Anonymous said...

As we examine appropriate ways of engaging culture, I am dismayed to see on so many Christian blogger profiles the astrological and zodiac designations. These have their root in Eastern/Hindu philosophies. In critiquing evangelism toward Muslim, might some of the same criticisms be leveled toward this seemingly innocuous practice? Would one compare astrological signs in witnessing to a Hindu?

Bart Barber said...


Well said. What remains is to show whether The Camel takes us there or not. Stay tuned for the future articles in this series.

R. L. Vaughn said...

Bart, I'm glad you've got the book and have started the review. This is a very problematic issue.

There's one thing that I would word differently (I don't think we really disagree). You listed 5 things that "must characterize conversion of a Muslim to Christianity." I agree, except that to me the word "must" seems to give the connotation that they "must" reject these things in order to be converted, while I would say they "will" reject these things if they really are converted. Probably just a semantical thing (or maybe it's just me); I doubt we would disagree a hair's breadth on the issue.

Thanks for helping expose this problem.

volfan007 said...


concerning the name "allah" for God when talking about muslims, what would you say about our m's saying "the true allah?" would that sufficiently answer the "allah" problem? you know, allah would be for the muslim god, and whatever the phrase would be in arabic...the true allah, or the one, true allah when talking about the name of the true God of the bible? would this not distinguish the two, while retaining the muslim word for God?

maybe this would be a simple solution to that part of the problem with camel?


R. L. Vaughn said...

David, I'm not an Arabic speaker, but my first guess would be that Arabic speakers -- at least those who are Muslims -- would understand the "true" Allah to be the Muslim "God". I don't thnk the word is a problem in most contexts.

Bart Barber said...


I do not think that I disagree. Your point, if I understand it, is to make the change in viewpoint less a work of man prerequisite to conversion and more a work of God part-and-parcel with conversion. In other words, if I understand you correctly, we're talking about the temporal/causal relationship between repentance and regeneration. I do believe that repentance from the pursuit of a false religion is an inherent part of becoming a Christian, and that these elements are necessary parts of repentance from being a Muslim. But I am not adverse to the use of the word "will" to characterize that truth. I would want to make sure some way that nobody sneaks in the word "eventually" after "will". :-)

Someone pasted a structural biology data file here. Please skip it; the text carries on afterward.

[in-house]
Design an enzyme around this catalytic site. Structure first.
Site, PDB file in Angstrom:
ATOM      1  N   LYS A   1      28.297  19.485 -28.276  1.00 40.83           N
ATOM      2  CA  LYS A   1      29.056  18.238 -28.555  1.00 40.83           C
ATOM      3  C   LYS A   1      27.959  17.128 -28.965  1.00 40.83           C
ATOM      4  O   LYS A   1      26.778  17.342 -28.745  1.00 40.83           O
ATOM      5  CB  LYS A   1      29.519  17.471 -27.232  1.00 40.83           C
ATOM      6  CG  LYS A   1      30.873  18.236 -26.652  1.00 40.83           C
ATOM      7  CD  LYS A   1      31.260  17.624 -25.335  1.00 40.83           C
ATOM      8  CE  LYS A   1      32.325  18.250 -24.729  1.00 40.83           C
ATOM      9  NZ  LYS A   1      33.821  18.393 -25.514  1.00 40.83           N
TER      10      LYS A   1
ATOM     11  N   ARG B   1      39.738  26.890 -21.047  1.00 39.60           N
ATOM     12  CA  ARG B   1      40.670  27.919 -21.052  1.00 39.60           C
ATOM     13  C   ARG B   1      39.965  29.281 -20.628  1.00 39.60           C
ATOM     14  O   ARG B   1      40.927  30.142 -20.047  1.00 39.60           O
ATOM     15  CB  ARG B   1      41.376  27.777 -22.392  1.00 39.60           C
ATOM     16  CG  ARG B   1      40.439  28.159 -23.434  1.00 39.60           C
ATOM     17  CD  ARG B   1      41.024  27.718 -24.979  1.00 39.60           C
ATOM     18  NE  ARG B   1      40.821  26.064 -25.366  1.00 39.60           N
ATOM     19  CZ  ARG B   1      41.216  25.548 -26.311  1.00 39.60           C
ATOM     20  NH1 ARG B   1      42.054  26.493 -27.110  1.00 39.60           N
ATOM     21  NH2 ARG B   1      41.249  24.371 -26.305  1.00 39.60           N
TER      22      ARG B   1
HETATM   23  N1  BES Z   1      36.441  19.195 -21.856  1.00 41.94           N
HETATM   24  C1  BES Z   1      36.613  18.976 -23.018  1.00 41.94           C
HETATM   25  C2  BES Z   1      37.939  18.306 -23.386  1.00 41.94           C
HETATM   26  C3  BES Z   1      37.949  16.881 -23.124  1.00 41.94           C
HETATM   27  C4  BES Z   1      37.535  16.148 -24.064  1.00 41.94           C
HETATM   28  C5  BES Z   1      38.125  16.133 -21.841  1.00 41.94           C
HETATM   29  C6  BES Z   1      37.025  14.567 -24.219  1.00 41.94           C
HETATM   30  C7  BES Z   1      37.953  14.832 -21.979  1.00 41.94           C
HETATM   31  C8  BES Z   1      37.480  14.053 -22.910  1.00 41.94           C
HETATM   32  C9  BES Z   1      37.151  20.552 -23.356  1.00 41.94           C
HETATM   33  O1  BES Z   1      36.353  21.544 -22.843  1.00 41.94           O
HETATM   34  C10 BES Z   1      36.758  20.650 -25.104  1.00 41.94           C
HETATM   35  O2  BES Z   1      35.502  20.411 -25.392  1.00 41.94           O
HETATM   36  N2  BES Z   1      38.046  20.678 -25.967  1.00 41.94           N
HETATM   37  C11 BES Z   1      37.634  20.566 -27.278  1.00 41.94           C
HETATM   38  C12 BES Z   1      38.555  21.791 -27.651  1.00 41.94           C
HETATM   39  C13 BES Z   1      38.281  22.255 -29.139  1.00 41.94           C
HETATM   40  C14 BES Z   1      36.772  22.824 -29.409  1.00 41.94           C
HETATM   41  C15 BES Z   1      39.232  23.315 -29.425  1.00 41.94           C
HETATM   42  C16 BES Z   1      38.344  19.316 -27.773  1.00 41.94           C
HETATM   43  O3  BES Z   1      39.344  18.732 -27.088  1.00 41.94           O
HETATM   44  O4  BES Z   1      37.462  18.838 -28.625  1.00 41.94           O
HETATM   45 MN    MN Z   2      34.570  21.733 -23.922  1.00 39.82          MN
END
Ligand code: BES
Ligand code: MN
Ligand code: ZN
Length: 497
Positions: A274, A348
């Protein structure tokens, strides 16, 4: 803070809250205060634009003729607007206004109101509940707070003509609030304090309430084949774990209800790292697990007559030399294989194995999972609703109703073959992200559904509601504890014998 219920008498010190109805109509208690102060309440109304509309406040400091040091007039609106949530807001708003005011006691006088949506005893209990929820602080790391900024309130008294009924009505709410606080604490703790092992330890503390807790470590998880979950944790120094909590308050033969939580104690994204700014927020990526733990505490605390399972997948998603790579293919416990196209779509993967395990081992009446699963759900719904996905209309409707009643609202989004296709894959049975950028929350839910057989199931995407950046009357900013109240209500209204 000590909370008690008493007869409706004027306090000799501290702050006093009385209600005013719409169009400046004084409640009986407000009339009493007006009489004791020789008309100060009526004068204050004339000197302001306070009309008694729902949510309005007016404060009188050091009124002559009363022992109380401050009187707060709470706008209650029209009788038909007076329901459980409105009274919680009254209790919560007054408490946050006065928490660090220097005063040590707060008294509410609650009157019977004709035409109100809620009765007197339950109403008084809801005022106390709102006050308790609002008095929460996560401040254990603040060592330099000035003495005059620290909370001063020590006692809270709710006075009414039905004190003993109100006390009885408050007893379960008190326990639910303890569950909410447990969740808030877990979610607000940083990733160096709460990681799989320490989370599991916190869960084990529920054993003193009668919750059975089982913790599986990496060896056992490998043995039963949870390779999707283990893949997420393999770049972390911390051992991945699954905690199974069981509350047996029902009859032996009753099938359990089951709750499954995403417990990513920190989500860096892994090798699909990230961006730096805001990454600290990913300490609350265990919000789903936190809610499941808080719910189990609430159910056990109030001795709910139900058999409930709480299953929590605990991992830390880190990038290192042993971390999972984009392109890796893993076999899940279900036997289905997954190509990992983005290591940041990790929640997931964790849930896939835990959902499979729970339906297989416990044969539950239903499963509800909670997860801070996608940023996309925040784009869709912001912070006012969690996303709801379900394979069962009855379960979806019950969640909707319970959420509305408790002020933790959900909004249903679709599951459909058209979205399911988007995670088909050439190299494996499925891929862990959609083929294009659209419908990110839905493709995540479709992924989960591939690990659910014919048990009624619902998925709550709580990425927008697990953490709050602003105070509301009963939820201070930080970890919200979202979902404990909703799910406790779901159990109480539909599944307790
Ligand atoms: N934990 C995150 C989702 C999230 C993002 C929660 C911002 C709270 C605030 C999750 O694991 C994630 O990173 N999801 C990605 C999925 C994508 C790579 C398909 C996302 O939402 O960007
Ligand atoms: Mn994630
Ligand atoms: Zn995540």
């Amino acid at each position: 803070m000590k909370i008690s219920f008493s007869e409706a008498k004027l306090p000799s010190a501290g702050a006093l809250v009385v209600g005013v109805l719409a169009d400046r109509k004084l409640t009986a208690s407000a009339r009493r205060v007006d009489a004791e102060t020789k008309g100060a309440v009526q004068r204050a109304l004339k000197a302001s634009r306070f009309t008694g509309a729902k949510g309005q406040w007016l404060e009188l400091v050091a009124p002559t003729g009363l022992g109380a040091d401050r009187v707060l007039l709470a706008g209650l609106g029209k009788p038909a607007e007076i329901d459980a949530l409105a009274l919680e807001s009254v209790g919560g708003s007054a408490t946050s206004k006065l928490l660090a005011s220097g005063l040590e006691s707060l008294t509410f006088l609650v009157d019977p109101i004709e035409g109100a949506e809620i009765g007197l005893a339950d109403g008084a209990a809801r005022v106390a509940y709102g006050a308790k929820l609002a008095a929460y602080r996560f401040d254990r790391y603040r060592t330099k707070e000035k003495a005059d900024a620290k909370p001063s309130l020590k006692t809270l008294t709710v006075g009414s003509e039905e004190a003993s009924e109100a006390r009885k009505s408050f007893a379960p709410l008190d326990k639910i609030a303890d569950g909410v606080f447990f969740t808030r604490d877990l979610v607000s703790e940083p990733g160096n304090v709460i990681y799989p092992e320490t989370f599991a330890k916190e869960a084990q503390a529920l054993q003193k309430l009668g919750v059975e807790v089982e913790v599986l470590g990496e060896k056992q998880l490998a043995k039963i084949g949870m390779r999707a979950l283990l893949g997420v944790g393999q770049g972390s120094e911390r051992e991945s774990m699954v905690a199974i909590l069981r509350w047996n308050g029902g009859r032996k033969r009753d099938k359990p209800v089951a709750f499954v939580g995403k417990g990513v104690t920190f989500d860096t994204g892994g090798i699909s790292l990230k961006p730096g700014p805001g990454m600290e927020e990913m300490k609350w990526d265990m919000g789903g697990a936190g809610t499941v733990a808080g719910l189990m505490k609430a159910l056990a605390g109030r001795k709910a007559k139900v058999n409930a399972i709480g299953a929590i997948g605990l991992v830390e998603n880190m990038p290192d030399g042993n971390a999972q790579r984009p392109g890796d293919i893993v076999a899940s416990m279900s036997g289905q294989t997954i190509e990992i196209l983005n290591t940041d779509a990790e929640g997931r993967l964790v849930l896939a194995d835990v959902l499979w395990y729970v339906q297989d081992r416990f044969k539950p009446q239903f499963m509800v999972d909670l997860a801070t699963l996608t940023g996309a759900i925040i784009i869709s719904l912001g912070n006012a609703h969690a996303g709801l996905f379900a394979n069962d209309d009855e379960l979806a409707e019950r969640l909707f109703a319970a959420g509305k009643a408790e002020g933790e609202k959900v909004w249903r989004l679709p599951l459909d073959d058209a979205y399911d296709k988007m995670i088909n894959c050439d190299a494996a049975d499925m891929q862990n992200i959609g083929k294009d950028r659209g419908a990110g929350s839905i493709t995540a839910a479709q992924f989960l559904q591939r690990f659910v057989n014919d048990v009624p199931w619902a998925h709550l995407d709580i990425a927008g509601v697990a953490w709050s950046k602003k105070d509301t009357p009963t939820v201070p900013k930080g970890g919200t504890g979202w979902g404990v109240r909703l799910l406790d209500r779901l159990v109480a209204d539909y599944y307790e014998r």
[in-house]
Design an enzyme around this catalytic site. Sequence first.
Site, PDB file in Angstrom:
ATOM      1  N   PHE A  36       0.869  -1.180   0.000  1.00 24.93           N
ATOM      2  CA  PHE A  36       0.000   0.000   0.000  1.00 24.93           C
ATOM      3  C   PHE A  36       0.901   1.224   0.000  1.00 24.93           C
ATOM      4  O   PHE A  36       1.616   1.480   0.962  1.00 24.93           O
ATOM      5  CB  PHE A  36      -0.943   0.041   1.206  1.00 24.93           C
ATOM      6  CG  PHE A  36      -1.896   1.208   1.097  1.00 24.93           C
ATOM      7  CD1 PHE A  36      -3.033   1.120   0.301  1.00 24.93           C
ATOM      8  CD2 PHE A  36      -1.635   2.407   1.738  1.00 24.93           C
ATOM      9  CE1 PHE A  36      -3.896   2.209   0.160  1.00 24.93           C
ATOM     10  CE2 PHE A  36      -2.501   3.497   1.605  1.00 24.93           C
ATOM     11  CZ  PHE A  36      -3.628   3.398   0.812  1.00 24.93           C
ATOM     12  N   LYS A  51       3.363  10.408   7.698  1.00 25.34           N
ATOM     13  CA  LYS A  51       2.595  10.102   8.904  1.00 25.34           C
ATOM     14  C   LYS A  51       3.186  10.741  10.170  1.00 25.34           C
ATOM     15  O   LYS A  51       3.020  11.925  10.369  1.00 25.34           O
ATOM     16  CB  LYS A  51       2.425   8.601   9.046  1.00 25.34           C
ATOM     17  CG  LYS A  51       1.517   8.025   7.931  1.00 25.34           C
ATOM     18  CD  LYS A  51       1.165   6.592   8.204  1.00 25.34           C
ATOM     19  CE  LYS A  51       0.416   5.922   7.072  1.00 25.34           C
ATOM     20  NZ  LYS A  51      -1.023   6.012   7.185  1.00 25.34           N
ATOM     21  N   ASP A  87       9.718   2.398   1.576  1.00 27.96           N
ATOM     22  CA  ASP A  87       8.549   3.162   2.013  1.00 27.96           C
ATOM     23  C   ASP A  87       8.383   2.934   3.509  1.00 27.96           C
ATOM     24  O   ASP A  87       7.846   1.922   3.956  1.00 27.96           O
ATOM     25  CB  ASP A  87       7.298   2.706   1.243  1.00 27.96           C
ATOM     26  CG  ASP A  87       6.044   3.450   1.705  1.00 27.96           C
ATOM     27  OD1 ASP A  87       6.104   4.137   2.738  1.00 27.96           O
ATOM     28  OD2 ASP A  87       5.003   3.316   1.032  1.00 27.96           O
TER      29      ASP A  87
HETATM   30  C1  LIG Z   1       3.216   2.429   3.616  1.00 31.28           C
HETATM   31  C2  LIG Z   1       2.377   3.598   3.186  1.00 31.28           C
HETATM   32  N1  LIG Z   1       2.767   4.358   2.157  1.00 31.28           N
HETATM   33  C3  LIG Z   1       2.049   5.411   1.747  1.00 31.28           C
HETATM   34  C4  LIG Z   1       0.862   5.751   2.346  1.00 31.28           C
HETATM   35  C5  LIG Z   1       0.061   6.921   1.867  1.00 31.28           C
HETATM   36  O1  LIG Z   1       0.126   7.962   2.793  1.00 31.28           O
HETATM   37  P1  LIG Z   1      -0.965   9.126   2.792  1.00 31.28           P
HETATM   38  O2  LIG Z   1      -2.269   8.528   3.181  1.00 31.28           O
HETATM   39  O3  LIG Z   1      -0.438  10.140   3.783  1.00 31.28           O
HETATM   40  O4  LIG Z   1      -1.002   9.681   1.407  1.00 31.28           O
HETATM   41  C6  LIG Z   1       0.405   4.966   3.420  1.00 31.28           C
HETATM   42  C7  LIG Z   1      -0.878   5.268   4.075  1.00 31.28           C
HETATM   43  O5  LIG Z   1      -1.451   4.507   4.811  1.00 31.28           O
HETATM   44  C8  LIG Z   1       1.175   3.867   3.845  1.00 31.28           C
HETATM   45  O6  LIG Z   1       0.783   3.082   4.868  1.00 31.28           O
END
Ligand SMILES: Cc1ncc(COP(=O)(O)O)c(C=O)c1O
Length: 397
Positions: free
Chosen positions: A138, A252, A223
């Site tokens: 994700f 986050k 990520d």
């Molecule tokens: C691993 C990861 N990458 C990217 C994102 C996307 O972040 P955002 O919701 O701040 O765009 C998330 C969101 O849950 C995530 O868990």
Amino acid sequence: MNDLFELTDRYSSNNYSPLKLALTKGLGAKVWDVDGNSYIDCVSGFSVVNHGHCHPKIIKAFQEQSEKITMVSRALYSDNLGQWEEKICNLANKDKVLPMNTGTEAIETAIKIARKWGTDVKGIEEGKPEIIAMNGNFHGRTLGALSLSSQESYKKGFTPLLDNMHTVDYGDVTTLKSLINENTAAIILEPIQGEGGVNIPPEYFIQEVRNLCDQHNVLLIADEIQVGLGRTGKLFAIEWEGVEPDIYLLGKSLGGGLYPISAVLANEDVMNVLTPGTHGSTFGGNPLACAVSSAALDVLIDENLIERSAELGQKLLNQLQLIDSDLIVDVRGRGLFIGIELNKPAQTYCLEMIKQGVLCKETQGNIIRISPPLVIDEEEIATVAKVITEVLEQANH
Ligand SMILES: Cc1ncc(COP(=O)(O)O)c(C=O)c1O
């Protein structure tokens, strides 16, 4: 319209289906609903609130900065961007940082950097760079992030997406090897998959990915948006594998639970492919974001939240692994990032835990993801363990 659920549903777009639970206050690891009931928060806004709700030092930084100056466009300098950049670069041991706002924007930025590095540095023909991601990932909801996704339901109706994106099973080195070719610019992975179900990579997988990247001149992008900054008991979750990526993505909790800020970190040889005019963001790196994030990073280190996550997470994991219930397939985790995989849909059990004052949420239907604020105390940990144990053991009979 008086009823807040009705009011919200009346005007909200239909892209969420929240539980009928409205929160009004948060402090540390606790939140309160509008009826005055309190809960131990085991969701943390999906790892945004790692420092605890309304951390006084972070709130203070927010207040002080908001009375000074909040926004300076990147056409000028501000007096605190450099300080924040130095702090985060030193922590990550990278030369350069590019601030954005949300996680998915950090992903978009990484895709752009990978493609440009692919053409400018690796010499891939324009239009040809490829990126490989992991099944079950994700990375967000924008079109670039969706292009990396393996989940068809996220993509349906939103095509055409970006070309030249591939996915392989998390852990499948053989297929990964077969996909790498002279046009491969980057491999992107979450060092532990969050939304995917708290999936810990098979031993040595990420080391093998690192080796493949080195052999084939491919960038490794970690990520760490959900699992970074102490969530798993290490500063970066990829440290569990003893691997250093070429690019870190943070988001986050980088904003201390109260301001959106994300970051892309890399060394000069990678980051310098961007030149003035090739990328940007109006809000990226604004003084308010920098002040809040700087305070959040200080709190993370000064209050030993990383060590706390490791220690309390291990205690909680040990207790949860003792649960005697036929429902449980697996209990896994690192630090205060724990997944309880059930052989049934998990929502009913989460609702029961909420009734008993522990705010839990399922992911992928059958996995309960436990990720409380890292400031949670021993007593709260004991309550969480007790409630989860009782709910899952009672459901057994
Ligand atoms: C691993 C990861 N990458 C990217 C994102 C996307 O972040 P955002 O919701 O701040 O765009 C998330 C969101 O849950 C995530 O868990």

Bart Barber said...


I don't want us to get caught up in the terminology. The problem is with the underlying concept of God, not the word used.

Now, one cannot divorce word from concept. The debate over which terminology best conveys the concept is one that we can have charitably. But we (Christians) must be in agreement that the Muslim god cannot be interchanged with the Christian God. And that's where I want to keep the emphasis.

The defenders of the Camel would love to pretend that this is just a debate about words, when it is not.

Anonymous said...

I believe that you would do best to dialogue with Kevin G., the author, before you give any more of your critique. You haven't lived it, so you are not in a position to speak on it, until you truly understand it, which I can tell from your comments, you probably don't. I've been with Kevin and have experienced his heart, along with the people he has trained. Why don't you plan a trip to work with Kevin and experience things first hand. Then, we will be glad to hear your ideas.
South Asia M

Bart Barber said...

South Asia M,

If the method cannot be understood without journeying halfway across the world, then we probably ought not to try to encapsulate it into a book. If the book misrepresents the method, then we probably ought to discontinue its publication. My experience up to this point is precisely the experience that anyone will have who is planning to read this book and emulate this method.

Bart Barber said...

South Asia M,

I should also clarify, Greeson has the same liberty that you have (and indeed, as is available to all) to come here and discuss the specifics.

Tim G said...

Where can I get a copy of the Camel Method?

You have got me me more than intersted.


Anonymous said...


I think South Asia M has a good point. Instead of simply offering a critique on your own that completely denounces the Camel method, you could perhaps start a dialogue with Kevin Greeson first. On further thought, I think that you could even have an open dialogue similar to what has occurred between Dr. Yarnell and David Rogers. Just a thought. He might agree to it since you are giving his book free "publicity." :)

A Simple Student @ SWBTS

P.S. Tim, click on the 'The Camel Book' to purchase.

Anonymous said...

Great link about the Neil Armstrong hoax! How do you find these things?

A Simple Student @ SWBTS

Jeremy Green said...


Good stuff. It certainly appears that the Camel Method is (unintentionally) propagating a false gospel. However, I will reserve judgment until I have personally read the book for myself... which will hopefully be next week. Perhaps, then, I will attempt to offer my two cents on the subject. God bless!!!

In Christ,

Anonymous said...


I've led people to faith in Christ but never a Muslim. I've tried here in the states, Turkey, Uzbekistan and Kazakhstan. One could say I’m a global failure in reaching them. Perhaps a blogger(s) could comment from their successes and show us a more excellent way.

Bart Barber said...

SWBTS Student,

Greeson has had a widespread forum already, having published this book twice and having spoken about it in many places, so he has a HUGE head start on me. I'll put up my thoughts about the book. Then, he is more than welcome to come and express his thoughts here. I would be glad to consider hosting a dialogue comparable to Yarnell-Rogers, although I can think of people better than me to represent my viewpoint. Maybe Tom Ascol could dialogue with him. Or maybe Emir Caner (isn't it profound that the two of them occupy the same space on this issue!). Or, if nobody else were willing, I would be glad to be the other party in the dialogue.